Review: ‘How to Be a Woman’ by Caitlin Moran

June 18, 2013 12:28 pm

When I first set eyes on Caitlin Moran’s novel ‘How to Be a Woman’, I noticed two things. Firstly, that the title presumes to tell me how to ‘be’ based solely on the fact that I am a woman, and, secondly, that the woman on the front cover has unkempt hair, wears doc marten boots, stands with a masculine gait, wears minimal make-up, and is dressed in ill-fitting clothes; in short, she represents (at least to me) the cliched ‘feminist’ stereotype.

The blurb reads, ‘Caitlin Moran rewrites ‘The Female Eunuch’ from a bar stool and demands to know why pants are getting smaller’. I think ‘written from a bar stool’ is an accurate description of this book… Moran’s style of writing is colloquial and informal at best; she uses text speak like ‘tbh’, disregards rules of grammar and punctuation such as the use of the full stop, and her language is perpetually hyperbolic. Moran uses brackets and capital letters to interject angry messages on every page. She raises her voice in a way that screams ‘LISTEN TO ME, I AM A FEMINIST AND I WANT TO BE HEARD’. Oh God! Caitlin Moran

Now, Caitlin Moran is infamous for her dry sense of humor, but sometimes she does push the boundaries. In a desperate effort to be funny Moran tries to fit her ‘Marmite’ humour into practically every sentence; it invades even the most sober of topics, and consequently makes light of them. One example is where she compares the machine in her abortion surgery to a Dust Buster… Do we actually find that funny?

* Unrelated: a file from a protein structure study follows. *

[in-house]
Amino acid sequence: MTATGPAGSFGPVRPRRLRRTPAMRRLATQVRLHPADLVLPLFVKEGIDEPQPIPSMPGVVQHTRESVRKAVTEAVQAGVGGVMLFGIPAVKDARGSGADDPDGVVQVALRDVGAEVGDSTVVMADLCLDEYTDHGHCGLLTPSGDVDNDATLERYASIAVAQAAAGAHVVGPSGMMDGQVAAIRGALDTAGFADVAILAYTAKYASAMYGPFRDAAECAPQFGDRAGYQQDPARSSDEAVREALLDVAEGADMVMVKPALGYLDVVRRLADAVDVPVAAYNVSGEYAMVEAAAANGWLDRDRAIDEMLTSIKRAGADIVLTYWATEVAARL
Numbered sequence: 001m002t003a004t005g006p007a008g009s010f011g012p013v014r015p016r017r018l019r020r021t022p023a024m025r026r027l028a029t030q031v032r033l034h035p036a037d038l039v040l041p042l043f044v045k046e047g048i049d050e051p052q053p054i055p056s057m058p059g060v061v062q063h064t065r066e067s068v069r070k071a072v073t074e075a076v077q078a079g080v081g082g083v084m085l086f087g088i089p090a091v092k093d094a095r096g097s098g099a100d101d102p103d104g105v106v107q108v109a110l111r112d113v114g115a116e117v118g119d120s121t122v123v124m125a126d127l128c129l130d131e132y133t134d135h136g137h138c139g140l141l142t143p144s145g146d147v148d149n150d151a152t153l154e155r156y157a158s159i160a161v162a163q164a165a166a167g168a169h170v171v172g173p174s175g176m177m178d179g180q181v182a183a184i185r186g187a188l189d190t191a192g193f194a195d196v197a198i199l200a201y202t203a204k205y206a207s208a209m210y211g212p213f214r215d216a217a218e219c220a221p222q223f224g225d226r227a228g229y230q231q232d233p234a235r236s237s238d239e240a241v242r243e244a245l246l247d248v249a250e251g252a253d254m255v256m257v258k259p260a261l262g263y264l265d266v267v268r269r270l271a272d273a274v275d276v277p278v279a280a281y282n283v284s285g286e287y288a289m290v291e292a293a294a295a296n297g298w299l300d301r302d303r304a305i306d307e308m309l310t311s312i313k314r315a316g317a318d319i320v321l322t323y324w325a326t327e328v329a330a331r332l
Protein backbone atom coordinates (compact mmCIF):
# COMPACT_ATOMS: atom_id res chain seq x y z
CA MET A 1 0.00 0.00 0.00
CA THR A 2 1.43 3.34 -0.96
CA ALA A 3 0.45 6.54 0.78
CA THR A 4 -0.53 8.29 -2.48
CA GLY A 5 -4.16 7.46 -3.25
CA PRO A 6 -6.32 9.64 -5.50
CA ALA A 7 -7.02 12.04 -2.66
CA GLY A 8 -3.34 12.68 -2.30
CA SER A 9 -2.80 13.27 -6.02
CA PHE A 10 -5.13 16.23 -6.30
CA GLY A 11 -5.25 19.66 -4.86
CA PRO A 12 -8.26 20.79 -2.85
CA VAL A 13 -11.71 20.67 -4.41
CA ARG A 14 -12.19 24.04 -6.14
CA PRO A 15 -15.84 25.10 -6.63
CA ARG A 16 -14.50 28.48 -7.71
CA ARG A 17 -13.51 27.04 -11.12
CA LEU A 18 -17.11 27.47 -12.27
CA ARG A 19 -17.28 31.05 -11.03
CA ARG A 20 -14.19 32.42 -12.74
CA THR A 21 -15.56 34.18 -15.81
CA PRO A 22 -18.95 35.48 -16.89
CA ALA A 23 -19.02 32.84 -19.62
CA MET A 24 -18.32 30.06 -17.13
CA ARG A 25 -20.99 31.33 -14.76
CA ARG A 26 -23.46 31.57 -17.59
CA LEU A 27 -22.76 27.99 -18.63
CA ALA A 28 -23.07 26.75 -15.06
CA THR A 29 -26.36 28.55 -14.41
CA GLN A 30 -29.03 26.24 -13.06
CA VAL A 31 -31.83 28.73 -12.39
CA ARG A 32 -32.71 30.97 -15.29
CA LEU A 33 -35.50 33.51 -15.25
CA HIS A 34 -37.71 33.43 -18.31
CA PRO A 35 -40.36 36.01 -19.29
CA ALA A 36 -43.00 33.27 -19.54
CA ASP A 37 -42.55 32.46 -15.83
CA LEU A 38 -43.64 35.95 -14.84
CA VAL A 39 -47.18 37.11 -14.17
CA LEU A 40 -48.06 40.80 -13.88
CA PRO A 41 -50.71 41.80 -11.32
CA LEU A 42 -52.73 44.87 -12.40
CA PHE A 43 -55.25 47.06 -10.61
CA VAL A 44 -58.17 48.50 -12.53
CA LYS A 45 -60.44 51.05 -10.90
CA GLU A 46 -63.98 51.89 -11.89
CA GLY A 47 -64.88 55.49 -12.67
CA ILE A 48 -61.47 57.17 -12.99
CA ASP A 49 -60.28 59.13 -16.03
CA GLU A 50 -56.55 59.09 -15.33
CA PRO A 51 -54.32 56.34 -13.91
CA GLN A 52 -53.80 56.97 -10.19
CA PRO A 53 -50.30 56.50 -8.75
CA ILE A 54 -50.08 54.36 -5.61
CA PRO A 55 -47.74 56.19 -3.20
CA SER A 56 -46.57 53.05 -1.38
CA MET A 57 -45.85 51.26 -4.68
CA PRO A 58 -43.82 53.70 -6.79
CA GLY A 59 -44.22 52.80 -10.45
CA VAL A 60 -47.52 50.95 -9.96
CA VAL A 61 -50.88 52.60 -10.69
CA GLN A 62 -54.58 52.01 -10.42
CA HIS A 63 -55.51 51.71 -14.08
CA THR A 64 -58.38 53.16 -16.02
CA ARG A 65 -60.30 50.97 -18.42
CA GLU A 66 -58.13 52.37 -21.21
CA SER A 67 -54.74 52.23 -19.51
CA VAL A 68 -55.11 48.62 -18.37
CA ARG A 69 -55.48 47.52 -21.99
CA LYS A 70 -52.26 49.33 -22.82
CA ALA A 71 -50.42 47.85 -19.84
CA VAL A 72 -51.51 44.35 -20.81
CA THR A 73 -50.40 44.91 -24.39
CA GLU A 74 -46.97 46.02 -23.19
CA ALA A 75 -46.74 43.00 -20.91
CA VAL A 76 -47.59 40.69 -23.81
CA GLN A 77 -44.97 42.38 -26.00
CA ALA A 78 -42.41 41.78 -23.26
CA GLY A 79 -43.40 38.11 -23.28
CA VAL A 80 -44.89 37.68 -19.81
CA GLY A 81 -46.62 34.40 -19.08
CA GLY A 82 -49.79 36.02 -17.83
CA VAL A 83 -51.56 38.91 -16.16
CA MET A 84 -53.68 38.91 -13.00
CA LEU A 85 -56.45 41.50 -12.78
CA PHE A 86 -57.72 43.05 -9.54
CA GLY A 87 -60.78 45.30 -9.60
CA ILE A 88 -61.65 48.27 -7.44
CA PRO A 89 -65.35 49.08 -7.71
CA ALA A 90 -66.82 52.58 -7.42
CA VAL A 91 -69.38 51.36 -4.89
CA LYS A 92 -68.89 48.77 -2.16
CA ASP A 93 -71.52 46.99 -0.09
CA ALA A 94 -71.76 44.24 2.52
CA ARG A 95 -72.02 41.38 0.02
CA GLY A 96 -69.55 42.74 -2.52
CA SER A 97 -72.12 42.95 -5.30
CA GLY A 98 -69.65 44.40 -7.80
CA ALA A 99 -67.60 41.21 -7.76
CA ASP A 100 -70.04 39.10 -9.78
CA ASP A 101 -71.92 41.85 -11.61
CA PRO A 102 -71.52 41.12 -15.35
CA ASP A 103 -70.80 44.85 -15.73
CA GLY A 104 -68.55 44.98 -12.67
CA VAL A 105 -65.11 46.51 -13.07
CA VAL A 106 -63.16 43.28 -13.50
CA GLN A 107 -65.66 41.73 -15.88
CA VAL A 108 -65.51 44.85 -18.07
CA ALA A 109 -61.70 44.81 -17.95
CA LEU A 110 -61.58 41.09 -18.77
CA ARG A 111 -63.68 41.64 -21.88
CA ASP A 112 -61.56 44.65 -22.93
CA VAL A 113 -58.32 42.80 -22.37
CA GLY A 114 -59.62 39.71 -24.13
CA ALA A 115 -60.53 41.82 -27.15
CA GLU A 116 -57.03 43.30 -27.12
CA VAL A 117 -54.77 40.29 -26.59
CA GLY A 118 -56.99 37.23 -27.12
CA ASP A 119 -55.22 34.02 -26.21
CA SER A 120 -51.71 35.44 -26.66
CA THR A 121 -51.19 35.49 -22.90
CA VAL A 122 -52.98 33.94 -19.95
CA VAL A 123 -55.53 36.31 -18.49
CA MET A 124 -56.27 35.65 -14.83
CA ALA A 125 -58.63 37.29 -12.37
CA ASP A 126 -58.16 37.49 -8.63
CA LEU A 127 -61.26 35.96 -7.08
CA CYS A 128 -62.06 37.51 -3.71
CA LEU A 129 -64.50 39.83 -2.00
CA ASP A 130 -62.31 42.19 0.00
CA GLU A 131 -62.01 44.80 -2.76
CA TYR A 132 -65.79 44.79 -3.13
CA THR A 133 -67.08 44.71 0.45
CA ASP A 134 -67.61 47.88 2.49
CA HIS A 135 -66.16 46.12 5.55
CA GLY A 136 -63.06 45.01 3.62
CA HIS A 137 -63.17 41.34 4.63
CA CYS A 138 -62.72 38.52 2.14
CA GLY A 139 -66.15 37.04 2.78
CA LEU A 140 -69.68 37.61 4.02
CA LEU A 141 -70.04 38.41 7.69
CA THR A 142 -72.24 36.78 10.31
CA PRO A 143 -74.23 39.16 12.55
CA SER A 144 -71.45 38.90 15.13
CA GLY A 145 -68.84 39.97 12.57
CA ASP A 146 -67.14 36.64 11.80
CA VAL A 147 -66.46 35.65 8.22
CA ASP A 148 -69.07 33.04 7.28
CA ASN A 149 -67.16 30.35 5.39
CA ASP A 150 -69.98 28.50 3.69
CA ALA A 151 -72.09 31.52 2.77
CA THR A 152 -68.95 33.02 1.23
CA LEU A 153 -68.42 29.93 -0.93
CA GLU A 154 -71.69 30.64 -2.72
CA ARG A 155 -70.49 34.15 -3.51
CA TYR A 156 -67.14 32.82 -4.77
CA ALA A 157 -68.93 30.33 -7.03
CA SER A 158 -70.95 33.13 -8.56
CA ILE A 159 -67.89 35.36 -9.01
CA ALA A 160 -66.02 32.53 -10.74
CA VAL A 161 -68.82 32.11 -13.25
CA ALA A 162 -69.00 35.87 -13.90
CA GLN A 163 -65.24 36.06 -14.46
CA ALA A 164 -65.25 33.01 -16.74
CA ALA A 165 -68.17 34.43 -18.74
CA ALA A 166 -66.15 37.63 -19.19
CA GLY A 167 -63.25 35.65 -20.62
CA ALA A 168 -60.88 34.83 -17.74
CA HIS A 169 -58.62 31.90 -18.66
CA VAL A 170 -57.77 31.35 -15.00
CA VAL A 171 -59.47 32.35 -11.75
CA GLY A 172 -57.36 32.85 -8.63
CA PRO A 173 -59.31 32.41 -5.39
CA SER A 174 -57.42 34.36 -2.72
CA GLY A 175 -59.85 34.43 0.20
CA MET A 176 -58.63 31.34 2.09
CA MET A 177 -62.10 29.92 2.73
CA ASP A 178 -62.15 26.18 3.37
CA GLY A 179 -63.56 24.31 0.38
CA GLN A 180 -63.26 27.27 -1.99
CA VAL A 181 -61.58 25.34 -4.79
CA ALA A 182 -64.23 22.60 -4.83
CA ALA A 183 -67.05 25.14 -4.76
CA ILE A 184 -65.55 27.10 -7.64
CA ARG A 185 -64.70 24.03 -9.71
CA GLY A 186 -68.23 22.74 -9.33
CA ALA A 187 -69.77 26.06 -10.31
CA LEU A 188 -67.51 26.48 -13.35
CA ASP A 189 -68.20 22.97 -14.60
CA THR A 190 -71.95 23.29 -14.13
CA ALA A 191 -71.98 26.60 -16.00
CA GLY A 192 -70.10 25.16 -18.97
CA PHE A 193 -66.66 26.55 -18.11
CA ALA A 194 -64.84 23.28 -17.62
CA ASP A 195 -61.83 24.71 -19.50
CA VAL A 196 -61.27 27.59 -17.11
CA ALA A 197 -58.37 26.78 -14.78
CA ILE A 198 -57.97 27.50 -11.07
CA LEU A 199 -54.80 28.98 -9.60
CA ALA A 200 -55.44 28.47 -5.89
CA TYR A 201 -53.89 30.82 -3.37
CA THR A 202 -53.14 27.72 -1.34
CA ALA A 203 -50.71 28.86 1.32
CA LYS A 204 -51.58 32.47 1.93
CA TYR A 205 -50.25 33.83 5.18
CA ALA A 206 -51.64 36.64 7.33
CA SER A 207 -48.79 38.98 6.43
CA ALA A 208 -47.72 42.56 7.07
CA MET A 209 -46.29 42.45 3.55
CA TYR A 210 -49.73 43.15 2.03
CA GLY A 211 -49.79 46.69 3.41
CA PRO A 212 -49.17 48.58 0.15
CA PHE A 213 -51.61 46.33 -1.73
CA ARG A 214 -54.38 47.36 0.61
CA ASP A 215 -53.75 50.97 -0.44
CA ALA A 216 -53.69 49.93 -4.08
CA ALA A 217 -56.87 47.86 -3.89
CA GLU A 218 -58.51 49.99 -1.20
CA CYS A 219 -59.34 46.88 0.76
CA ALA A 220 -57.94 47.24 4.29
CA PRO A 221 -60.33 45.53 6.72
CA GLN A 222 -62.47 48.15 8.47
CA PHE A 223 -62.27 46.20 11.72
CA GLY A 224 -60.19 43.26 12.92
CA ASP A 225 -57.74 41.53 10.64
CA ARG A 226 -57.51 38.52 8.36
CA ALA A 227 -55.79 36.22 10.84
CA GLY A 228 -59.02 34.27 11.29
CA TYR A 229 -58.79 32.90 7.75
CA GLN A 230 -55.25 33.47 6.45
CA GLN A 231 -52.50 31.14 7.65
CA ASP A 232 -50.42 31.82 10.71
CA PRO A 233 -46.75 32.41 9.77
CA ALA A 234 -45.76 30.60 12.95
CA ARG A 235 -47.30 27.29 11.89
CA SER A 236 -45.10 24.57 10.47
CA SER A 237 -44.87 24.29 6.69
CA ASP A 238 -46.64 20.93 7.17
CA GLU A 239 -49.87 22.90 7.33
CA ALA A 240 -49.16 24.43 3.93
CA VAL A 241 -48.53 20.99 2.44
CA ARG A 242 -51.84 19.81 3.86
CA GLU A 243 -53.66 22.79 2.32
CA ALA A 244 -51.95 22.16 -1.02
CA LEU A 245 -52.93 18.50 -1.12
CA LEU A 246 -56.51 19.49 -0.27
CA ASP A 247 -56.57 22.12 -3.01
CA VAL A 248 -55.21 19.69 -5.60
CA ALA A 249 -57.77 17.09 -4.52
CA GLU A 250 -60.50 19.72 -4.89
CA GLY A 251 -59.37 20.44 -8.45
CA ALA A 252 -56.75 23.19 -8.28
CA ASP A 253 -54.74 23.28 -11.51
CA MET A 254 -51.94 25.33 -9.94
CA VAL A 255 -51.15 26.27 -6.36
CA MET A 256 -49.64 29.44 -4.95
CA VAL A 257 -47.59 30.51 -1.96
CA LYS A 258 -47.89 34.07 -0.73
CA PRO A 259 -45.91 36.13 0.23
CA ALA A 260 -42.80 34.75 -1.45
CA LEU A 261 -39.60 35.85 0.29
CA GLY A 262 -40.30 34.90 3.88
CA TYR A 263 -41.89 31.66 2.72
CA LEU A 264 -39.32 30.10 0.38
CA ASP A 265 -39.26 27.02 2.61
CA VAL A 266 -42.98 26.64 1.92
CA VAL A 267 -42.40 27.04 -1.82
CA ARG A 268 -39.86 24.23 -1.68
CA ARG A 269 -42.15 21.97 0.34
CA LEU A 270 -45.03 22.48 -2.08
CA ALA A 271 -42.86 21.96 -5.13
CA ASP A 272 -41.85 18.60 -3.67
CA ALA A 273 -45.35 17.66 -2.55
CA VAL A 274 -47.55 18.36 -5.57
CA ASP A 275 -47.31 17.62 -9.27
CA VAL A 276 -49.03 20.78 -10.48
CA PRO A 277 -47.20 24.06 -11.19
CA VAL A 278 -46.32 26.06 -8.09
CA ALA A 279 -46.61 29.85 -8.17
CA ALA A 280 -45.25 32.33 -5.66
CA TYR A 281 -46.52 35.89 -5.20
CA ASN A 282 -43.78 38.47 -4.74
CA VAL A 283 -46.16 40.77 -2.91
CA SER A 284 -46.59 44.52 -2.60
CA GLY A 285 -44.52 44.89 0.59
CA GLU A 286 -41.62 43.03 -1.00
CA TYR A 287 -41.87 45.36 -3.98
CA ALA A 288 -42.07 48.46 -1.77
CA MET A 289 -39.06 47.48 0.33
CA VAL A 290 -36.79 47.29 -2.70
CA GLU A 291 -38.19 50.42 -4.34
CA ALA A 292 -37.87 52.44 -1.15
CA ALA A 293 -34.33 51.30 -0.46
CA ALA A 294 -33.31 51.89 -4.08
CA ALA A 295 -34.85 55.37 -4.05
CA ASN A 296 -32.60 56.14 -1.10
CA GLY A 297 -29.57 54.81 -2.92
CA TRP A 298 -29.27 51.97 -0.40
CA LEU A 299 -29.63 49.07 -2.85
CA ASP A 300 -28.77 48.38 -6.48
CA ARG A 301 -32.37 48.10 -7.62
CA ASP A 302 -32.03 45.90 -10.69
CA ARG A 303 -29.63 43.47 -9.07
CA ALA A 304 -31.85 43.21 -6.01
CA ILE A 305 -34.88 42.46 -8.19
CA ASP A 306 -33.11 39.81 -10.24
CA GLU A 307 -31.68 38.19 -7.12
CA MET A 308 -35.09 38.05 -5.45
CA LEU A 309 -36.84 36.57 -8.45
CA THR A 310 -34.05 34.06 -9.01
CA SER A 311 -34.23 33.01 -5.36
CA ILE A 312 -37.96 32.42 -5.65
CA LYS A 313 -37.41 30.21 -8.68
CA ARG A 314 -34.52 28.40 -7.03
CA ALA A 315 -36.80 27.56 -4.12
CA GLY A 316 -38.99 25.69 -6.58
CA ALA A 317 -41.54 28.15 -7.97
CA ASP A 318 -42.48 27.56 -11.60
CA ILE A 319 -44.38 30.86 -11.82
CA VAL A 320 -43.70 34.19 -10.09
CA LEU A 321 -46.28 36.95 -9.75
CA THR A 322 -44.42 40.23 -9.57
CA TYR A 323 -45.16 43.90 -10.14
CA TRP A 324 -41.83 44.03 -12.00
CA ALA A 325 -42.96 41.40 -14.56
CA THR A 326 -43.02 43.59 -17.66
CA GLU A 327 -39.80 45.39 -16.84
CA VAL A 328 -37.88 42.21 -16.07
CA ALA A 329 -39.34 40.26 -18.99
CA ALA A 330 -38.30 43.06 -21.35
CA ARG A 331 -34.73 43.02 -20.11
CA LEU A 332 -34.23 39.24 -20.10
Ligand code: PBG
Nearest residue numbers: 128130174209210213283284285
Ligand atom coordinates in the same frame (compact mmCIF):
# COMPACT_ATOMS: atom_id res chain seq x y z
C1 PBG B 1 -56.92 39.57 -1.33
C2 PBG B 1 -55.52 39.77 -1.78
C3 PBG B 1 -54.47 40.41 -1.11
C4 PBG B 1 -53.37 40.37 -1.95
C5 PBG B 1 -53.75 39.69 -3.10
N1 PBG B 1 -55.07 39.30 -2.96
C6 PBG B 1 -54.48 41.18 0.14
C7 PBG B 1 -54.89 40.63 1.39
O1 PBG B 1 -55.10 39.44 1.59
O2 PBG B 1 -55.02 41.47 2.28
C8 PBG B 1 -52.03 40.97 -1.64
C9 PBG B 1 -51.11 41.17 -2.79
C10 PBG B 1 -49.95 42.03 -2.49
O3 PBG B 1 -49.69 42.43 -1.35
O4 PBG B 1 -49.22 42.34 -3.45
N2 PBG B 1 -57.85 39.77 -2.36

A vast portion of ‘How to Be a Woman’ is dedicated to clothes and accessories; bras, small knickers, high heels and handbags. Moran rants continuously about how bras hurt, and how she dislikes small knickers, and how she can’t walk in heels. How very 1980s of her. I would suggest burning her bra, but I am fairly sure that’s already been done. Women are not forced to be fashion slaves; a lot of women choose to dress well and fashion can be extremely liberating for them. Professional women love spending their money on clothes and shoes. Yes, that’s right, professional, well educated, emancipated women. While men may spend their money on flashy cars and gadgets, we tend to, but don’t always, spend our own on clothes. Maybe I am only speaking for myself, but from a very young age I enjoyed dressing up, while my brother enjoyed playing with toy cars. Was this indoctrination by the media or a natural inclination?